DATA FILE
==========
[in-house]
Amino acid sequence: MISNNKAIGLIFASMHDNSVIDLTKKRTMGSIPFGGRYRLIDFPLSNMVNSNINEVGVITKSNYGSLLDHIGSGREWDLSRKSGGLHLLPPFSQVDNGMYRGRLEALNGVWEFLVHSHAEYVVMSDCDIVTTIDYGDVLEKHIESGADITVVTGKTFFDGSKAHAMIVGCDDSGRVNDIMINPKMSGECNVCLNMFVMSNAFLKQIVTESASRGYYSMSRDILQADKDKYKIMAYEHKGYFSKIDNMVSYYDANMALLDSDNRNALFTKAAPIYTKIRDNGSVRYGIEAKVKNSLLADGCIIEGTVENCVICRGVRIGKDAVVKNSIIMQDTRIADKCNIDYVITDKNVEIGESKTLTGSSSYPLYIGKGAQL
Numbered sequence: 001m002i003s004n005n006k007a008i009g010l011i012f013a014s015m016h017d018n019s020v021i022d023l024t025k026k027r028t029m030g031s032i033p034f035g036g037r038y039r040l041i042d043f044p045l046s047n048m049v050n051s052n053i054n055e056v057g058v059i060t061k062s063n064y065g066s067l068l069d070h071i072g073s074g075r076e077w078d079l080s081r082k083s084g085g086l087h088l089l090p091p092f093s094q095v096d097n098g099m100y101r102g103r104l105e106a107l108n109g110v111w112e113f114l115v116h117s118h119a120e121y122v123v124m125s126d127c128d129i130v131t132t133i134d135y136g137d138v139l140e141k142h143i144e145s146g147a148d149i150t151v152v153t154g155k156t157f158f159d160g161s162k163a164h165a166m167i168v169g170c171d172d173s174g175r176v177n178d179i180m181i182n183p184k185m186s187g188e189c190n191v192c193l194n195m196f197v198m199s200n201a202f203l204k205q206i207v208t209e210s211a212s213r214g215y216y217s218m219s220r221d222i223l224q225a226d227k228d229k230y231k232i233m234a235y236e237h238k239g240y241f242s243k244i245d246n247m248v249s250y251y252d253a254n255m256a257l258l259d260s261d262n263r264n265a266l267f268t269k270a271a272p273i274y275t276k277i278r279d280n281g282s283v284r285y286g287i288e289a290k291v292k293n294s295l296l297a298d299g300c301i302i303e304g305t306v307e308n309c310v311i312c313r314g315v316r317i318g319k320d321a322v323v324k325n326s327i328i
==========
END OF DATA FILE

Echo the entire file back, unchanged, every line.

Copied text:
[in-house]
Amino acid sequence: MISNNKAIGLIFASMHDNSVIDLTKKRTMGSIPFGGRYRLIDFPLSNMVNSNINEVGVITKSNYGSLLDHIGSGREWDLSRKSGGLHLLPPFSQVDNGMYRGRLEALNGVWEFLVHSHAEYVVMSDCDIVTTIDYGDVLEKHIESGADITVVTGKTFFDGSKAHAMIVGCDDSGRVNDIMINPKMSGECNVCLNMFVMSNAFLKQIVTESASRGYYSMSRDILQADKDKYKIMAYEHKGYFSKIDNMVSYYDANMALLDSDNRNALFTKAAPIYTKIRDNGSVRYGIEAKVKNSLLADGCIIEGTVENCVICRGVRIGKDAVVKNSIIMQDTRIADKCNIDYVITDKNVEIGESKTLTGSSSYPLYIGKGAQL
Numbered sequence: 001m002i003s004n005n006k007a008i009g010l011i012f013a014s015m016h017d018n019s020v021i022d023l024t025k026k027r028t029m030g031s032i033p034f035g036g037r038y039r040l041i042d043f044p045l046s047n048m049v050n051s052n053i054n055e056v057g058v059i060t061k062s063n064y065g066s067l068l069d070h071i072g073s074g075r076e077w078d079l080s081r082k083s084g085g086l087h088l089l090p091p092f093s094q095v096d097n098g099m100y101r102g103r104l105e106a107l108n109g110v111w112e113f114l115v116h117s118h119a120e121y122v123v124m125s126d127c128d129i130v131t132t133i134d135y136g137d138v139l140e141k142h143i144e145s146g147a148d149i150t151v152v153t154g155k156t157f158f159d160g161s162k163a164h165a166m167i168v169g170c171d172d173s174g175r176v177n178d179i180m181i182n183p184k185m186s187g188e189c190n191v192c193l194n195m196f197v198m199s200n201a202f203l204k205q206i207v208t209e210s211a212s213r214g215y216y217s218m219s220r221d222i223l224q225a226d227k228d229k230y231k232i233m234a235y236e237h238k239g240y241f242s243k244i245d246n247m248v249s250y251y252d253a254n255m256a257l258l259d260s261d262n263r264n265a266l267f268t269k270a271a272p273i274y275t276k277i278r279d280n281g282s283v284r285y286g287i288e289a290k291v292k293n294s295l296l297a298d299g300c301i302i303e304g305t306v307e308n309c310v311i312c313r314g315v316r317i318g319k320d321a322v323v324k325n326s327i328i